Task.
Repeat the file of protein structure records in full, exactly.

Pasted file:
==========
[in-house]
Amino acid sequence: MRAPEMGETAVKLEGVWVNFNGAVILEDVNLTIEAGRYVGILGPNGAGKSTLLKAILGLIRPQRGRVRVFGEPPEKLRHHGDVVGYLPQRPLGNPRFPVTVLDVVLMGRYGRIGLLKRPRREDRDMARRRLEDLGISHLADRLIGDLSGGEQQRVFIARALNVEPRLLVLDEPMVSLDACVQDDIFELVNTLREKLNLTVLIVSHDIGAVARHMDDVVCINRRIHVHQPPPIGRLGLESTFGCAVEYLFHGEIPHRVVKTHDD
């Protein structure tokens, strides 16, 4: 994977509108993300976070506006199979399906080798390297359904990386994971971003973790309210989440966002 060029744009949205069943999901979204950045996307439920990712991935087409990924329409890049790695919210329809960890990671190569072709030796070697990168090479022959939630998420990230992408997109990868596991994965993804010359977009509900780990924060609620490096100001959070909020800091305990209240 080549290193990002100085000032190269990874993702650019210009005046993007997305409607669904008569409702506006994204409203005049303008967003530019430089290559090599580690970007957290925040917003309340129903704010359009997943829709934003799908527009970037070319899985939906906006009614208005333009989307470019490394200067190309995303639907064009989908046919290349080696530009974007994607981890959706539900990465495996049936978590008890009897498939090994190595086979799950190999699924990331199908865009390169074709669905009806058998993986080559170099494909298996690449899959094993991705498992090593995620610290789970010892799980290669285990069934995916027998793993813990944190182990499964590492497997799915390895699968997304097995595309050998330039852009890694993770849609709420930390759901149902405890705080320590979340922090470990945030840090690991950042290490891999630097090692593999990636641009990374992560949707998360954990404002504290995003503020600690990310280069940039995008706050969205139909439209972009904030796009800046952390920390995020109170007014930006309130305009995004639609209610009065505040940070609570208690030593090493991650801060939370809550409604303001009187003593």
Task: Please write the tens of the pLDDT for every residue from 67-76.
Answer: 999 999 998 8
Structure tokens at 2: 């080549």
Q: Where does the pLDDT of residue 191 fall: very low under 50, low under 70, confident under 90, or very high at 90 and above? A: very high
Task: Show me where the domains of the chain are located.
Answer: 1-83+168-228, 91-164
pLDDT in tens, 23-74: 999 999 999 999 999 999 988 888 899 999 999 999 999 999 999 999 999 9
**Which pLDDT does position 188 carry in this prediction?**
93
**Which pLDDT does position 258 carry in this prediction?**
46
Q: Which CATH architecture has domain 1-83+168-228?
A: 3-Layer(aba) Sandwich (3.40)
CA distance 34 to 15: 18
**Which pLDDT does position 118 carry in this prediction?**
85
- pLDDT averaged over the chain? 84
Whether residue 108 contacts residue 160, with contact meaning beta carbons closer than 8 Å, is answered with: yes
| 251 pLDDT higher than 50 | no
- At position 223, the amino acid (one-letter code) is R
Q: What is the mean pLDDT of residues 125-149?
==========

[in-house]
Amino acid sequence: MRAPEMGETAVKLEGVWVNFNGAVILEDVNLTIEAGRYVGILGPNGAGKSTLLKAILGLIRPQRGRVRVFGEPPEKLRHHGDVVGYLPQRPLGNPRFPVTVLDVVLMGRYGRIGLLKRPRREDRDMARRRLEDLGISHLADRLIGDLSGGEQQRVFIARALNVEPRLLVLDEPMVSLDACVQDDIFELVNTLREKLNLTVLIVSHDIGAVARHMDDVVCINRRIHVHQPPPIGRLGLESTFGCAVEYLFHGEIPHRVVKTHDD
């Protein structure tokens, strides 16, 4: 994977509108993300976070506006199979399906080798390297359904990386994971971003973790309210989440966002 060029744009949205069943999901979204950045996307439920990712991935087409990924329409890049790695919210329809960890990671190569072709030796070697990168090479022959939630998420990230992408997109990868596991994965993804010359977009509900780990924060609620490096100001959070909020800091305990209240 080549290193990002100085000032190269990874993702650019210009005046993007997305409607669904008569409702506006994204409203005049303008967003530019430089290559090599580690970007957290925040917003309340129903704010359009997943829709934003799908527009970037070319899985939906906006009614208005333009989307470019490394200067190309995303639907064009989908046919290349080696530009974007994607981890959706539900990465495996049936978590008890009897498939090994190595086979799950190999699924990331199908865009390169074709669905009806058998993986080559170099494909298996690449899959094993991705498992090593995620610290789970010892799980290669285990069934995916027998793993813990944190182990499964590492497997799915390895699968997304097995595309050998330039852009890694993770849609709420930390759901149902405890705080320590979340922090470990945030840090690991950042290490891999630097090692593999990636641009990374992560949707998360954990404002504290995003503020600690990310280069940039995008706050969205139909439209972009904030796009800046952390920390995020109170007014930006309130305009995004639609209610009065505040940070609570208690030593090493991650801060939370809550409604303001009187003593």
Task: Please write the tens of the pLDDT for every residue from 67-76.
Answer: 999 999 998 8
Structure tokens at 2: 């080549």
Q: Where does the pLDDT of residue 191 fall: very low under 50, low under 70, confident under 90, or very high at 90 and above? A: very high
Task: Show me where the domains of the chain are located.
Answer: 1-83+168-228, 91-164
pLDDT in tens, 23-74: 999 999 999 999 999 999 988 888 899 999 999 999 999 999 999 999 999 9
**Which pLDDT does position 188 carry in this prediction?**
93
**Which pLDDT does position 258 carry in this prediction?**
46
Q: Which CATH architecture has domain 1-83+168-228?
A: 3-Layer(aba) Sandwich (3.40)
CA distance 34 to 15: 18
**Which pLDDT does position 118 carry in this prediction?**
85
- pLDDT averaged over the chain? 84
Whether residue 108 contacts residue 160, with contact meaning beta carbons closer than 8 Å, is answered with: yes
| 251 pLDDT higher than 50 | no
- At position 223, the amino acid (one-letter code) is R
Q: What is the mean pLDDT of residues 125-149?